By Lord Collins of Highbury - 1st February 2012
Lord Collins of Highbury calls for a public awareness campaign to help prevent and detect diabetes as latest figures show the disease is on the rise.
It only really dawned on me, after researching a speech last year on non-communicable diseases, just how much I was a victim of my own bad lifestyle. Five years ago I stopped smoking and subsequently put on weight. I then took on a very stressful job and discovered I had high blood pressure. As result of further tests, I was formally diagnosed as type 2 diabetic.
I am therefore only too acutely aware of the need to raise awareness of diabetes, not only to help prevent the condition but also to promote early diagnosis. For me the early diagnoses, and the excellent response of the NHS, have meant that I have a chance of avoiding the worst consequences of diabetes.
But wouldn’t it have been better if I could have avoided them in the first place? Early preventative action not only saves lives but also saves money. Diabetes has increased by nearly 130,000 to 2.9 million in the past year. This is nearly a 50 per cent rise since GPs first published diabetes data in 2005 (two million).
The rise is mainly in cases of type 2 diabetes, which accounts for around 90 per cent of all diagnoses. Whilst type 2 diabetes commonly develops in those who are overweight, it is important that people are aware of the other risk factors associated with the condition, which include being aged over 40, having a family history of the condition, or being from Black, Asian or minority ethnic communities. If you want to assess your own risk, go to the excellent website of Diabetes UK. A quick check-up for men is to get the tape measure out; if you have a waist size over 37, inches get tested!
Although the major rise is in type 2 diabetes, type 1 is also rising. Just before Christmas the first ever report into mortality from the National Diabetes Audit was published. This found that up to 24,000 people with diabetes are dying in England each year from causes that could be avoided through better management of their condition. About three quarters of those are aged 65 and over. However, the gap in death rates between those who have and do not have diabetes becomes more and more extreme with younger age. What was truly shocking is that so many young people are dying from diabetes.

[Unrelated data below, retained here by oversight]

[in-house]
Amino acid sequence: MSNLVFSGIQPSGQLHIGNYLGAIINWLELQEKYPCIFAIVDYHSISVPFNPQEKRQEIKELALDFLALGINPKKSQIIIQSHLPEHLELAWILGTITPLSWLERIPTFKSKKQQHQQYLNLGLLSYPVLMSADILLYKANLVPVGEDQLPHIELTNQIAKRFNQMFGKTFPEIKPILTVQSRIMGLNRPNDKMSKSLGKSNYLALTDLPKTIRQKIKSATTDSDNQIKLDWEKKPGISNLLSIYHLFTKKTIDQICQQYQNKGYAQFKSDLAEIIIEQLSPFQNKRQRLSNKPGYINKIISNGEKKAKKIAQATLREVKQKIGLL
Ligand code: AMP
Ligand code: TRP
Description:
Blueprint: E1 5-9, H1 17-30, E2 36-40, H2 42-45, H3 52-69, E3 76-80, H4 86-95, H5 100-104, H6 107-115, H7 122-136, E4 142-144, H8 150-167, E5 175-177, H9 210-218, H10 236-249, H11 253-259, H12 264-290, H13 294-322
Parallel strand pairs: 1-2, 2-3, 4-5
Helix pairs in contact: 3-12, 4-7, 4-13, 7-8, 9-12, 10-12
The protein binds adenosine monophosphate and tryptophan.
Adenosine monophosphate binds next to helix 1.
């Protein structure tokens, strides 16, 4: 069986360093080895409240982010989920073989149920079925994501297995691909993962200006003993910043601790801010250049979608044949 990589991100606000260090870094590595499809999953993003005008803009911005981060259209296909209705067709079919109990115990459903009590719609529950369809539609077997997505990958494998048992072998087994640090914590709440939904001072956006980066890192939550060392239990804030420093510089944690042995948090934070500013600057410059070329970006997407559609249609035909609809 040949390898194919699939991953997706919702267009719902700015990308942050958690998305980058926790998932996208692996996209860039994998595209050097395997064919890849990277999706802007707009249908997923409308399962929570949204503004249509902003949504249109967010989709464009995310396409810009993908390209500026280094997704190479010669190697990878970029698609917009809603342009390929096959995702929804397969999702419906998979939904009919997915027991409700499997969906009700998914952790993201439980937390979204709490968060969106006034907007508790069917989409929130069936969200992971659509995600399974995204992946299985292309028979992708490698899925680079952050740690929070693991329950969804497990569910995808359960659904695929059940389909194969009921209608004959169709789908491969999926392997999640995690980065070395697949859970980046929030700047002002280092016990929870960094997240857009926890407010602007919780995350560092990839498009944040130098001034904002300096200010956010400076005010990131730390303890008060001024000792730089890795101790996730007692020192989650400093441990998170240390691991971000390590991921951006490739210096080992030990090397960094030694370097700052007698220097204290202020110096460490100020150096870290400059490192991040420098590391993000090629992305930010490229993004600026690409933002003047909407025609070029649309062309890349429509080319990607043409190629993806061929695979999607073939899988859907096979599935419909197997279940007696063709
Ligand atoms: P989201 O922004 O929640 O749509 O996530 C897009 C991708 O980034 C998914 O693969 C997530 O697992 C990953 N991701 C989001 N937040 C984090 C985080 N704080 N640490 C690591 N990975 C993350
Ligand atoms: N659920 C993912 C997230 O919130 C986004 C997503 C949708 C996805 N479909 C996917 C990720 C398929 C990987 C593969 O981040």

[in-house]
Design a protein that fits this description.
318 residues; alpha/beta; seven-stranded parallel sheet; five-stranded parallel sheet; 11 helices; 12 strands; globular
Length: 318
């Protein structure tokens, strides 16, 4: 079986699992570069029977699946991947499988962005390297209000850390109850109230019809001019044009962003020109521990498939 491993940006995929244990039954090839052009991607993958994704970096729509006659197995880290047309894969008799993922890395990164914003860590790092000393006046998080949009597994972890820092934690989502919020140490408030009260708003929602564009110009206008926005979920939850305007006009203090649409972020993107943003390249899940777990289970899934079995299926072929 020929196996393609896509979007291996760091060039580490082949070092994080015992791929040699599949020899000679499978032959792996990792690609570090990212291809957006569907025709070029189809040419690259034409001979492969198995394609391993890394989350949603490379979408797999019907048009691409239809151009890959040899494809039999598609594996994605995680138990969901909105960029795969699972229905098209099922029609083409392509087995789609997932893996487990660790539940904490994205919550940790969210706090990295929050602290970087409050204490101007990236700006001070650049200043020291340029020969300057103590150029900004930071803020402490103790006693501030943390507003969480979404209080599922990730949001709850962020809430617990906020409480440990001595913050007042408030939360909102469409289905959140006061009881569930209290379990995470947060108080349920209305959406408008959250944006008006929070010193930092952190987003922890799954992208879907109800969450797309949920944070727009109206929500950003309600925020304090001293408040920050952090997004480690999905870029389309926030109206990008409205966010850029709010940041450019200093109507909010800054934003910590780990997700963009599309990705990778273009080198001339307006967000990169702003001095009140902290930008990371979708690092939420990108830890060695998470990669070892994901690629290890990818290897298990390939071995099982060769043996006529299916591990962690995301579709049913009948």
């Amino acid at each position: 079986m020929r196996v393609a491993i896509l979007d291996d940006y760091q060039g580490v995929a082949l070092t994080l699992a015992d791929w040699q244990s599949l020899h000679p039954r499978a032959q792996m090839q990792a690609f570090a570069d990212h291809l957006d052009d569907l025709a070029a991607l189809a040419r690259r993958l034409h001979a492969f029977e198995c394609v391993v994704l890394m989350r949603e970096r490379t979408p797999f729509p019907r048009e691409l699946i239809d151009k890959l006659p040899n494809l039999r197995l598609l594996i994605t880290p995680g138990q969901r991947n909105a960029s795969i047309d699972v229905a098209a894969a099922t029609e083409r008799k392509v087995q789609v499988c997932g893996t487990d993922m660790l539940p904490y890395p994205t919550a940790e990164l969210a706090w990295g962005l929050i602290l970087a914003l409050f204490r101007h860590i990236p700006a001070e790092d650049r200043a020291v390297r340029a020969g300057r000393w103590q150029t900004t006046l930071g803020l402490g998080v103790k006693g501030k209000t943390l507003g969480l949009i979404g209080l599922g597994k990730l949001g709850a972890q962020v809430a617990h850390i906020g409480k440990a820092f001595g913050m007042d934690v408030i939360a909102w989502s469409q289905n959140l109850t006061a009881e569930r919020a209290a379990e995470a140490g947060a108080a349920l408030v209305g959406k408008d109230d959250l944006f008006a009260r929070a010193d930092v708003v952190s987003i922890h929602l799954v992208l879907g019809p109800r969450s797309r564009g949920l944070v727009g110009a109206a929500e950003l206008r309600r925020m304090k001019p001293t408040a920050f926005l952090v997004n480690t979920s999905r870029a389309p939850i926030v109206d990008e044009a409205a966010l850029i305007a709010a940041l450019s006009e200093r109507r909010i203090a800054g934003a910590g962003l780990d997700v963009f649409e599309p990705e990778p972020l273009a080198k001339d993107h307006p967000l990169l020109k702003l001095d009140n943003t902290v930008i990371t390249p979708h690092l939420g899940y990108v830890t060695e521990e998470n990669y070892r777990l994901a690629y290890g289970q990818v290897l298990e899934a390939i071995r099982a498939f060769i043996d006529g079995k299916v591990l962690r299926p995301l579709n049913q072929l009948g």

The audit, which is managed by the NHS Information Centre and commissioned by the Healthcare Quality Improvement Partnership (HQIP), also showed women with diabetes are nine times more likely to die young. Thanks in part to the work of NHS Diabetes, services for children with the condition are improving across the country but as Anna Morton, NHS Diabetes Director, said: “Adult services need to ensure they learn from these improvements and concentrate on supporting continued blood glucose control, medication and healthy lifestyles as young people move into adult services.” This, she argues, “requires a much more proactive support system from adult diabetes teams across the country”.
Type 1 is a particularly difficult condition to live with and we need to raise awareness in schools and workplaces. At the end of the day we need a huge public awareness campaign to help both prevent and detect diabetes. Why don’t we have TV ads promoting NHS health checks? Take-up remains extremely low, but in the long run it would save money.
Lord Collins of Highburywas raised to the peerage in 2011. He is an Opposition Whip in the House of Lords.